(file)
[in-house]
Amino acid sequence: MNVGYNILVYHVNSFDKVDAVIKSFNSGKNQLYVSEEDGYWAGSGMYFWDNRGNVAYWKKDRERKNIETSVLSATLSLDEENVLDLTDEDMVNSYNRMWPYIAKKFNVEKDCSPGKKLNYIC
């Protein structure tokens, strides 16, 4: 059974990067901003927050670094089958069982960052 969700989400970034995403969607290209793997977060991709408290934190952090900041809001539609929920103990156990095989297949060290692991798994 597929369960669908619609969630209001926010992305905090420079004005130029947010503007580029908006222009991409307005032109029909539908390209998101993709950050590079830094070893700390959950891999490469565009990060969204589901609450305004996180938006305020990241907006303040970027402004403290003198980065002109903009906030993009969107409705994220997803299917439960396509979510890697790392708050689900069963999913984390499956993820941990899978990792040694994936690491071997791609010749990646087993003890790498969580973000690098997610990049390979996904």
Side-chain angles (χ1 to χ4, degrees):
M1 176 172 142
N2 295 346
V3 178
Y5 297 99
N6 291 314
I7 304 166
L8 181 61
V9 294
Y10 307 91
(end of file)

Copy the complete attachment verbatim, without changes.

[in-house]
Amino acid sequence: MNVGYNILVYHVNSFDKVDAVIKSFNSGKNQLYVSEEDGYWAGSGMYFWDNRGNVAYWKKDRERKNIETSVLSATLSLDEENVLDLTDEDMVNSYNRMWPYIAKKFNVEKDCSPGKKLNYIC
């Protein structure tokens, strides 16, 4: 059974990067901003927050670094089958069982960052 969700989400970034995403969607290209793997977060991709408290934190952090900041809001539609929920103990156990095989297949060290692991798994 597929369960669908619609969630209001926010992305905090420079004005130029947010503007580029908006222009991409307005032109029909539908390209998101993709950050590079830094070893700390959950891999490469565009990060969204589901609450305004996180938006305020990241907006303040970027402004403290003198980065002109903009906030993009969107409705994220997803299917439960396509979510890697790392708050689900069963999913984390499956993820941990899978990792040694994936690491071997791609010749990646087993003890790498969580973000690098997610990049390979996904």
Side-chain angles (χ1 to χ4, degrees):
M1 176 172 142
N2 295 346
V3 178
Y5 297 99
N6 291 314
I7 304 166
L8 181 61
V9 294
Y10 307 91